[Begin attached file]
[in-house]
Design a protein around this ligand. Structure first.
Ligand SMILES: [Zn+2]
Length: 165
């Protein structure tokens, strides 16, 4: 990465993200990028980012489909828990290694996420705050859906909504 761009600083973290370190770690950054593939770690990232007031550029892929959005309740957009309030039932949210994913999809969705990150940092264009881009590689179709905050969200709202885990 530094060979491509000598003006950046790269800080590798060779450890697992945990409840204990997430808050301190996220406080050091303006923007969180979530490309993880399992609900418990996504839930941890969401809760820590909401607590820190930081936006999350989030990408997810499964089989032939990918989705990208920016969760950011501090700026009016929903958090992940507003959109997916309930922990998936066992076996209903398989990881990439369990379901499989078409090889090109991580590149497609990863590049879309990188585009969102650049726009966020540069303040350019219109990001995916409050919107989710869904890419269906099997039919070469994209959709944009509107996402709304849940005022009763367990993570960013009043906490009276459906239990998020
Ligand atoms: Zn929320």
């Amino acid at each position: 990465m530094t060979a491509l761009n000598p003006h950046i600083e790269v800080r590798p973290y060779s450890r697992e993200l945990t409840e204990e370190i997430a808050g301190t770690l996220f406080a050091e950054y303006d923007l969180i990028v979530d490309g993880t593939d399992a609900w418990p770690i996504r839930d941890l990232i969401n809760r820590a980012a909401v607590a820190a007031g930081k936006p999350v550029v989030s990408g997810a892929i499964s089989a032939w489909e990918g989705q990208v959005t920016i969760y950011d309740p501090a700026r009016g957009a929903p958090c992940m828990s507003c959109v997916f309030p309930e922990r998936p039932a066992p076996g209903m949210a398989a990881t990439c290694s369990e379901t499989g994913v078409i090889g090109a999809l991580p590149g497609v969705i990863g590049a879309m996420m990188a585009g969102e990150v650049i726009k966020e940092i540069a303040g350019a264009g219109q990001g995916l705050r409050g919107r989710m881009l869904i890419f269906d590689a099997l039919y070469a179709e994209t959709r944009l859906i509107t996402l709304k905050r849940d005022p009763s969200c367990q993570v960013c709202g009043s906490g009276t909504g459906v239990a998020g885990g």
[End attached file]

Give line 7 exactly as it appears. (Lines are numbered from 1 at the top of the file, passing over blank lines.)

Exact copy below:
């Amino acid at each position: 990465m530094t060979a491509l761009n000598p003006h950046i600083e790269v800080r590798p973290y060779s450890r697992e993200l945990t409840e204990e370190i997430a808050g301190t770690l996220f406080a050091e950054y303006d923007l969180i990028v979530d490309g993880t593939d399992a609900w418990p770690i996504r839930d941890l990232i969401n809760r820590a980012a909401v607590a820190a007031g930081k936006p999350v550029v989030s990408g997810a892929i499964s089989a032939w489909e990918g989705q990208v959005t920016i969760y950011d309740p501090a700026r009016g957009a929903p958090c992940m828990s507003c959109v997916f309030p309930e922990r998936p039932a066992p076996g209903m949210a398989a990881t990439c290694s369990e379901t499989g994913v078409i090889g090109a999809l991580p590149g497609v969705i990863g590049a879309m996420m990188a585009g969102e990150v650049i726009k966020e940092i540069a303040g350019a264009g219109q990001g995916l705050r409050g919107r989710m881009l869904i890419f269906d590689a099997l039919y070469a179709e994209t959709r944009l859906i509107t996402l709304k905050r849940d005022p009763s969200c367990q993570v960013c709202g009043s906490g009276t909504g459906v239990a998020g885990g």